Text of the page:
Employers, stop asking these interview questions now

Fermi questions are commonly used in interviews but are irrelevant and unfair

Keith McNulty
3 min readMar 10, 2022


Years ago, when I started interviewing with consulting and banking companies for graduate positions, I would be constantly asked Fermi questions.

What is a Fermi question, you might ask? Well here are some examples:

  1. How many $10 bills are in circulation in the US right now?
  2. How many golf balls would it take to fill up a Boeing 777?
  3. How many piano tuners are there in the Chicago area?

Fermi questions are questions that require the estimation of something that is impossible to quantify precisely. They are named after the famous physicist Enrico Fermi, who was known for being able to make physics estimations with almost no data. For example, during the test of the first atomic bomb in the New Mexico desert in 1945, Fermi estimated the amount of energy that was released by sprinkling pieces of paper in the air and observing what happened to them when the shock wave hit.

Even today, these questions are asked in thousands of job interviews. I don’t really know why these questions became so popular. But I do know that they they are irrelevant and unfair.

Why are Fermi questions so popular?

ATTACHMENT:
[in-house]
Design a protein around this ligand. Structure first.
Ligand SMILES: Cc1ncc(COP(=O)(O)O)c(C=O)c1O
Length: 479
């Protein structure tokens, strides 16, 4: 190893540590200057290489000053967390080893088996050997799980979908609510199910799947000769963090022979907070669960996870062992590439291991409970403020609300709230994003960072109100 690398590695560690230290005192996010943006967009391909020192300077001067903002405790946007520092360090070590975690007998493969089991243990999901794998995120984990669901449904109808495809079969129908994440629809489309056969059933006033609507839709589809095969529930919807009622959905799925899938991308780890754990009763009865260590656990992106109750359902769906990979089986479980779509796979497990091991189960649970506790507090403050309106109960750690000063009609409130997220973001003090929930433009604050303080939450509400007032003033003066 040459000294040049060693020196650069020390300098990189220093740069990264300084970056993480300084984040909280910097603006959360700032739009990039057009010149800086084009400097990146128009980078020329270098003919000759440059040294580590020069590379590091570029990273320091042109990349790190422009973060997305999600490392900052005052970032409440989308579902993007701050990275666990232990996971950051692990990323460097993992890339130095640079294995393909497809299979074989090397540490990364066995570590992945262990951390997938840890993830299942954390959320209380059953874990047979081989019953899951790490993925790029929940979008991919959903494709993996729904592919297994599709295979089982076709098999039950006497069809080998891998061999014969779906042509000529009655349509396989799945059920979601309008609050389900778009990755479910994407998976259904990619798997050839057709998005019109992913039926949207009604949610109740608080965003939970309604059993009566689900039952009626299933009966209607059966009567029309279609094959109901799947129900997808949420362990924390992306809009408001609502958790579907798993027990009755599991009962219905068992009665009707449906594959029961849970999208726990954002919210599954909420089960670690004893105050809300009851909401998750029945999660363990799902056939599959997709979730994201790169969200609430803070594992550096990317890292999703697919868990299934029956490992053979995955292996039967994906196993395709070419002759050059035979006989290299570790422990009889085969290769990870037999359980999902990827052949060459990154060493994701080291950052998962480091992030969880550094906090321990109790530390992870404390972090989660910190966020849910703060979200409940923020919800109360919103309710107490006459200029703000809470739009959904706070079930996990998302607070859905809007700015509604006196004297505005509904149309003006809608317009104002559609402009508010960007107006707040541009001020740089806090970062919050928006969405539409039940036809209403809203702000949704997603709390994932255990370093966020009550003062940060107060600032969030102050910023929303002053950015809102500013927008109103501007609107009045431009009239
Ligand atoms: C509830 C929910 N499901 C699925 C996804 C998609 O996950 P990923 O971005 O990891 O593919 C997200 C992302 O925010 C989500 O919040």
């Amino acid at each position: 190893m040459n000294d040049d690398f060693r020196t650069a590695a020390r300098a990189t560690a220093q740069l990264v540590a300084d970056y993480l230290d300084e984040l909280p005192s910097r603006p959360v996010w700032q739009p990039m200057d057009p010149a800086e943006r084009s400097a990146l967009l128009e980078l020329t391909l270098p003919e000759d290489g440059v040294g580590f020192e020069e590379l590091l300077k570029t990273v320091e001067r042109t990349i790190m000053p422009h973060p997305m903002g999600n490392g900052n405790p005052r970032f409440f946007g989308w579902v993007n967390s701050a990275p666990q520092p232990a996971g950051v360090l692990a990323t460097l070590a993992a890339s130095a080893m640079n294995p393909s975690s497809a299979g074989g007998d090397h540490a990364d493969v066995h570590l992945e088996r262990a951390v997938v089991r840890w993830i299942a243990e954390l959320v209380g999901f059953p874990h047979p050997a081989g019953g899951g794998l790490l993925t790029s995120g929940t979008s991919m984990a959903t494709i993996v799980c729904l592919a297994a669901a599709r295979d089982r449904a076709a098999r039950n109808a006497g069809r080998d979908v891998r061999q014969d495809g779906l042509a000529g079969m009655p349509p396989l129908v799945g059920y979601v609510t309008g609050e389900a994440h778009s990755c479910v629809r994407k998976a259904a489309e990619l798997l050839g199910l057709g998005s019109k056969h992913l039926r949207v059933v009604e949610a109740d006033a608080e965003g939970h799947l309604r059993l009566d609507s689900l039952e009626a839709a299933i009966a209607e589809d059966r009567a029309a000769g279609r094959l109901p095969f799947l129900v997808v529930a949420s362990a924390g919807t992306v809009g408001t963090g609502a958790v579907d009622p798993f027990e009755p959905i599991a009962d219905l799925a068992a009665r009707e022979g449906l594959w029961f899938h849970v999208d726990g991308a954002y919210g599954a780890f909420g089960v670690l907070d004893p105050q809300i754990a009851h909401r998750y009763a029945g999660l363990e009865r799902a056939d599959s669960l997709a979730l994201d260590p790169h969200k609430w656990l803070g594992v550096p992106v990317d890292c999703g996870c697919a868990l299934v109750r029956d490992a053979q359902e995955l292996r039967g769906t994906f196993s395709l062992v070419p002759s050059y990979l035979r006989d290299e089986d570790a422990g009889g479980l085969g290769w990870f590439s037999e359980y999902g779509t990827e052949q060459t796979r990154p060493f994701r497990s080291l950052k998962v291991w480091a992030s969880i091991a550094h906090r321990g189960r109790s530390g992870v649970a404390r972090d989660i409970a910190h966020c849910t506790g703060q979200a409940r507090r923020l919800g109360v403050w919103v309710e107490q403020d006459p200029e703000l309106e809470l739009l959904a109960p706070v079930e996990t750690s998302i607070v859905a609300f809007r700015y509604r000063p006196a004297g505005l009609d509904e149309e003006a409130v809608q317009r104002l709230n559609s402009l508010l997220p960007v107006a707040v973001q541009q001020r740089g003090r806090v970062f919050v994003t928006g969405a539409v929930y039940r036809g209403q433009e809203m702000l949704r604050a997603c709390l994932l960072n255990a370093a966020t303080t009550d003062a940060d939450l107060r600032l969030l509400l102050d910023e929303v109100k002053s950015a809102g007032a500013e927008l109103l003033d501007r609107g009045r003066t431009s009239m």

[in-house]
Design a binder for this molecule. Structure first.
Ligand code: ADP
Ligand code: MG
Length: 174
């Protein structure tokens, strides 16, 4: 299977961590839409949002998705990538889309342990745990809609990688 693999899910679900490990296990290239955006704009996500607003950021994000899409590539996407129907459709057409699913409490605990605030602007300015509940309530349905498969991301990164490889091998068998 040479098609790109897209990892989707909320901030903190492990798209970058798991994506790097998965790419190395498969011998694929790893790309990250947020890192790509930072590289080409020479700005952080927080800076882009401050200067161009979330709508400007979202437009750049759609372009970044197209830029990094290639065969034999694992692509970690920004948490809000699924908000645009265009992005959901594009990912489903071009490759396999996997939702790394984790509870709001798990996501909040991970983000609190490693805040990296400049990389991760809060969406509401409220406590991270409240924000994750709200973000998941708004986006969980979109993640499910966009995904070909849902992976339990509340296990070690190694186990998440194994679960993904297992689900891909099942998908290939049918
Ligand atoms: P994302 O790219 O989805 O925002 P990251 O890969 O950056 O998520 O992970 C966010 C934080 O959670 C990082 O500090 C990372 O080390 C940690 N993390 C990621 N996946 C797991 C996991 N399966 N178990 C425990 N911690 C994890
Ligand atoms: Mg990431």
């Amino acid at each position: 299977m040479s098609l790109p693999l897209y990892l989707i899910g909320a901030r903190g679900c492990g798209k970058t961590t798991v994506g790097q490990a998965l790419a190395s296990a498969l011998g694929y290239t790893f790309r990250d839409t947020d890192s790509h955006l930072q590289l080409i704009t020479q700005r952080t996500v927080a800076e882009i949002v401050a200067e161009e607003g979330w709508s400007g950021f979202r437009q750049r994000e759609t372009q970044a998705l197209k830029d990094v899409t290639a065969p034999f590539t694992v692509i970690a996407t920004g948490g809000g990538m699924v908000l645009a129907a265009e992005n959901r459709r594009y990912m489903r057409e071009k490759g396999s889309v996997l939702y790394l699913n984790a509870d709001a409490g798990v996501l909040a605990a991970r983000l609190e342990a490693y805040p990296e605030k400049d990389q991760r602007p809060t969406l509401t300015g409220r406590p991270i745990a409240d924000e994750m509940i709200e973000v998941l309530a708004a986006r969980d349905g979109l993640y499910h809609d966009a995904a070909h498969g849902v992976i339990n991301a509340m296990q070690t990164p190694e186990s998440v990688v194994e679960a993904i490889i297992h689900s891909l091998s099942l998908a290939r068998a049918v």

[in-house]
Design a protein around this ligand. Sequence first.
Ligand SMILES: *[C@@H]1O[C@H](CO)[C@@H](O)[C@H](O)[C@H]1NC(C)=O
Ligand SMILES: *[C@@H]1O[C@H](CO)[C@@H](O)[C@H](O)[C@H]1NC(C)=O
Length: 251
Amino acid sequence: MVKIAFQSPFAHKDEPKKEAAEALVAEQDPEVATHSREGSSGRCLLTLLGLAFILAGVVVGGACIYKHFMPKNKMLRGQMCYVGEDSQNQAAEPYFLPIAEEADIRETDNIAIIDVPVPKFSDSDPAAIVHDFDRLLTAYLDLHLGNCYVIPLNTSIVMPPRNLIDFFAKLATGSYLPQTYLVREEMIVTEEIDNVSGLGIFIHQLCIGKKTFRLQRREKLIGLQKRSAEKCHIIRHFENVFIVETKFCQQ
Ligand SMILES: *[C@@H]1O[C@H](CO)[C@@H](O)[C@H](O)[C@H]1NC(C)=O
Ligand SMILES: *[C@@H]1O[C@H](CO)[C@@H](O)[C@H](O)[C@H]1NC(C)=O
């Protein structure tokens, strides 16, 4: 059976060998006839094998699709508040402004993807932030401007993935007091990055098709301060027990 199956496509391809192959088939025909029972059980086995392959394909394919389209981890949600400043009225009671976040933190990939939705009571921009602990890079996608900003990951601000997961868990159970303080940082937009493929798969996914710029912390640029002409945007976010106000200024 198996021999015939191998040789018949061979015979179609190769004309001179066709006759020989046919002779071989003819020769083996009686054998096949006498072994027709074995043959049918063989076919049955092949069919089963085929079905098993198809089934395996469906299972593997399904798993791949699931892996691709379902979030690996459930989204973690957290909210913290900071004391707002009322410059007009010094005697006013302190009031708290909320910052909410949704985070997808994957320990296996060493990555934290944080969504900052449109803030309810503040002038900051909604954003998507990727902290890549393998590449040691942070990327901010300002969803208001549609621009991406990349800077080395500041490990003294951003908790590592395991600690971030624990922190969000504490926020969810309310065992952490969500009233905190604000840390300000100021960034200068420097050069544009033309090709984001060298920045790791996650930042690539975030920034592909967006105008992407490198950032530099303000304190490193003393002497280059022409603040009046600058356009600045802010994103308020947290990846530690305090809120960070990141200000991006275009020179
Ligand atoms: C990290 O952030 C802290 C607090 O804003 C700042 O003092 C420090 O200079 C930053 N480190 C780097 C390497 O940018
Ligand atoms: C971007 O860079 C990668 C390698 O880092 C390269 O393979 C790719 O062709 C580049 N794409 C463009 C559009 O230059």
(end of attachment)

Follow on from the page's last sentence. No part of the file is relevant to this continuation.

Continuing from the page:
I don’t honestly know why. But my observation is that interviewers who ask Fermi questions usually do it because they enjoy asking them. In fact, I’m pretty sure there are many interviewers who ignore the ‘official’ guidance on interview questions and ask Fermi questions instead. Interviewers who ask these questions are probably highly likely to be men, and highly likely to be of some sort of math-related background.

They probably ask these questions for a number of reasons:

  1. They don’t like following a structured process in interviews and want to run their interview their own way
  2. They like the process of hearing how someone makes estimates with no data
  3. They enjoy seeing how someone reacts to a question that is basically unsolvable to any precise degree
  4. They have their own…



Keith McNulty

LinkedIn Top Voice in Tech. Expert and Author in Applied Mathematics, Data Science, Statistics. Find me on Twitter or keithmcnulty.org